' [Birth Mother] First Mother Forum: Adoptees (could be) banned from NC bathrooms

Sunday, April 3, 2016

Adoptees (could be) banned from NC bathrooms

A new North Carolina law prohibits local governments from enacting civil rights laws for gays and transexuals. It also requires that in schools and government buildings, people must use the bathroom that corresponds with their "biological sex" defined as the one "stated on a person's birth certificate." Presumably, North Carolina has hired scores of police to check birth certificates as people enter bathrooms.

Here's the rub for adoptees. Their birth certificates may be stamped "amended" which will indicate that something has changed from the original birth certificate and for all the cops know, that something might be their gender.

Although adoptees may argue that it was their name, not their gender
that was changed, the cops could decide to err on the side of being absolutely sure rather than common sense. Better let an adoptee pee in an alley than risk a trans sneaking into the "wrong" bathroom. Until they have their original birth certificate, theoretically adoptees could be barred from North Carolina bathrooms in public buildings. For an adopted North Carolinian obtaining their original birth certificate (and thus the right to use a facility based on gender) may be impossible since the Tar Heel state is one of 30 that does not allow adoptees to have a copy of their original birth certificate.

Okay, we are being satirical on the bathroom issue, but it is theoretically possible under both sets of nutty laws: those prohibiting trans to use the facility of their choice and adoptees who cannot obtain their original--and accurate--birth certificates.

According to North Carolina Governor Pat McCrory, the purpose of the law  is to "counter government overreach forcing businesses to allow men to be in girls' restrooms or shower facilities." It's hard to imagine that a man would don women's clothes, get hormone treatments to grow breasts, and maybe get surgery all to gawk at girls who would be in stalls with their private parts not visible to these alleged would-be wrong-doers. (Likewise, the danger of allowing adoptees to have their original birth certificates is imaginary.)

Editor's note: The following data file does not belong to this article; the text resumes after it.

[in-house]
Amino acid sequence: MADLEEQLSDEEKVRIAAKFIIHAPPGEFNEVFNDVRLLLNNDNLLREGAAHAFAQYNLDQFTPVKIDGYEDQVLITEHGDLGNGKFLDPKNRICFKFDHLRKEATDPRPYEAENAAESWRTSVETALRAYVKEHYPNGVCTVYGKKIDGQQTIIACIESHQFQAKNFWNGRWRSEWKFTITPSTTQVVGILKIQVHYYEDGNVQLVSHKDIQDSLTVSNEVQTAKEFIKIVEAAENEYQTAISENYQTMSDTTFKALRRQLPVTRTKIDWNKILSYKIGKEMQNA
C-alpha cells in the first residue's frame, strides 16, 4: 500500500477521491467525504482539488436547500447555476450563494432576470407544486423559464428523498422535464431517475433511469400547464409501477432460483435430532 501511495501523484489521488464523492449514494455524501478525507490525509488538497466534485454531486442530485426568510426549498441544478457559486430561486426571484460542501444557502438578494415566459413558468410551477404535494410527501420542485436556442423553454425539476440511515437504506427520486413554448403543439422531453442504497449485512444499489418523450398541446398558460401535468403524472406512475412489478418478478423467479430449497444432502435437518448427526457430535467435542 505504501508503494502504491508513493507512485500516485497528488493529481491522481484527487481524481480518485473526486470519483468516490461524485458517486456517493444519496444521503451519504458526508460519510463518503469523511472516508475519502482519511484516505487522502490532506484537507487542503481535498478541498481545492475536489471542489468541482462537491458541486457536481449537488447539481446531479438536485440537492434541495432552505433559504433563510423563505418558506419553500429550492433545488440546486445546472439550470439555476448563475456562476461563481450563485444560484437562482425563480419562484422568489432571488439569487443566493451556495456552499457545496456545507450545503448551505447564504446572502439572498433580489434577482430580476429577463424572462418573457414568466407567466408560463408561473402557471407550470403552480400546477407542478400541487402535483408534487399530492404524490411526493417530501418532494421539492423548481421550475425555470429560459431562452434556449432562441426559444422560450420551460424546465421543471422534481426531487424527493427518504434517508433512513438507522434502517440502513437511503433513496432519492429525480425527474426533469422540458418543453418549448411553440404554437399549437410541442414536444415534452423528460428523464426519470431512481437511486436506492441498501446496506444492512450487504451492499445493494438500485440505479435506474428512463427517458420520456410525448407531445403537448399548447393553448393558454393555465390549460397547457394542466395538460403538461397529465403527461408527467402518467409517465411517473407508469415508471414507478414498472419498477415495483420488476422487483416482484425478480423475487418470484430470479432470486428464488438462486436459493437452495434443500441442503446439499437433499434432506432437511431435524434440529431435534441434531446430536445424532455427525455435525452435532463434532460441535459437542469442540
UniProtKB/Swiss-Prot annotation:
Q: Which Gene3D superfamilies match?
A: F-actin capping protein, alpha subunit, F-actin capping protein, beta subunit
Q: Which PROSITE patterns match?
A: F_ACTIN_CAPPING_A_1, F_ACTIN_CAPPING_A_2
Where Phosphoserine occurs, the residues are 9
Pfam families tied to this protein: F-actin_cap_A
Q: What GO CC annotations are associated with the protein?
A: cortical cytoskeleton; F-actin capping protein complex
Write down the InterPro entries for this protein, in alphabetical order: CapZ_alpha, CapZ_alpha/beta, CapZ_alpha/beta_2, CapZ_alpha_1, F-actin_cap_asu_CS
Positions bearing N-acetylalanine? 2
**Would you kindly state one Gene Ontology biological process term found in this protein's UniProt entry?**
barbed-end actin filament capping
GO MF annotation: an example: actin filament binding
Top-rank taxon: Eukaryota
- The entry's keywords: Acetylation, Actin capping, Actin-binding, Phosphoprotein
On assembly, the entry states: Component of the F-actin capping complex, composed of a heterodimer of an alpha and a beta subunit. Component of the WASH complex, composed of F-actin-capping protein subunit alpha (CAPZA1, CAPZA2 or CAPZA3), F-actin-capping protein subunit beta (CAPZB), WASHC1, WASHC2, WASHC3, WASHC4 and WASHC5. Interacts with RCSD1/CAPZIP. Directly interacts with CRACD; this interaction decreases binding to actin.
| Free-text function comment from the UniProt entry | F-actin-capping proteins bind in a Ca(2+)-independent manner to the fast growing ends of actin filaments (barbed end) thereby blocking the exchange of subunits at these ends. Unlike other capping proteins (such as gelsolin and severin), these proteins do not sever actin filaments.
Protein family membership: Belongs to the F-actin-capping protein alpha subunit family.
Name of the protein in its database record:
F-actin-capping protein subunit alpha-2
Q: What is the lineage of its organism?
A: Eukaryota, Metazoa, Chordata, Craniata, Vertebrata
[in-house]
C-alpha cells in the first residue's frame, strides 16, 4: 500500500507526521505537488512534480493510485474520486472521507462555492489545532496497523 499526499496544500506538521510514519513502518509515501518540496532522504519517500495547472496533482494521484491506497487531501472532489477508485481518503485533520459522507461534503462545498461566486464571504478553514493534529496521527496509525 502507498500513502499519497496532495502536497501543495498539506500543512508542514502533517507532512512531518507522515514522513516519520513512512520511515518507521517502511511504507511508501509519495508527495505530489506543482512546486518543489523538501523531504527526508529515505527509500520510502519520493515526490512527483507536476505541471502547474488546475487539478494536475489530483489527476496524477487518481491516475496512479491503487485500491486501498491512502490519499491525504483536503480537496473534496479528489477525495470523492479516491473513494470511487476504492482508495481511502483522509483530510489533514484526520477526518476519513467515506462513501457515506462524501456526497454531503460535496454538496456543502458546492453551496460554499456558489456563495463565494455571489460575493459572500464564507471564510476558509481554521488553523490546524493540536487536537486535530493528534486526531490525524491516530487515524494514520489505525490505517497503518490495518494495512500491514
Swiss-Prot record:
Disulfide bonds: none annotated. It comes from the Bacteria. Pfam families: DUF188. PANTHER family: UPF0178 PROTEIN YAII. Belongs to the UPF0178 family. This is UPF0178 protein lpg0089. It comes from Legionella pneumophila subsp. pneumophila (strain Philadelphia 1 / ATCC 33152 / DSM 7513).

There is, however, one critical difference between the plight of transexuals and adoptees: Corporate America is enraged at the the shabby treatment of gays and transexuals. Ninety prominent leaders have signed a letter calling for repeal of the North Carolina law including the heads of Apple, Facebook, Airbnb, Yahoo, Salesforce, Marriott, Pfizer, Levi Strauss, Bank of America,. American Airlines, and Barnes and Noble.

Corporate American has not come to bat for adoptees. Perhaps it's time for those of us who work at those corporations to ask them to follow suit for adoptee and first mother rights, and to flex their muscles as well and never hold a conference in a state that does not allow adoptees access to their actual, original "birth" records, instead of that sham piece of paper with names that have been falsified.--jane
North Carolina Bathroom L
Pat McCrory
90 Big Name Businesses

Finding Family: My Search for Roots and the Secrets in My DNA
"I loved this book. Unlike the author who was adopted, I just found out that my mother lied to me all my life about who my father was. I'm 66 yrs old! So needless to say, finding out this late in life was a mind blower. Richard Hill's story has inspired me simply because he was so tenacious about finding out who his birth parents were. The ebook also includes an addendum which explains all about DNA tests, how they work, and which one to use...I have been able to figure out which family I came from, but like the author, I'm still trying to figure out which of the three brothers was the culprit! It's been a very valuable tool."--Marcia Gorman at Amazon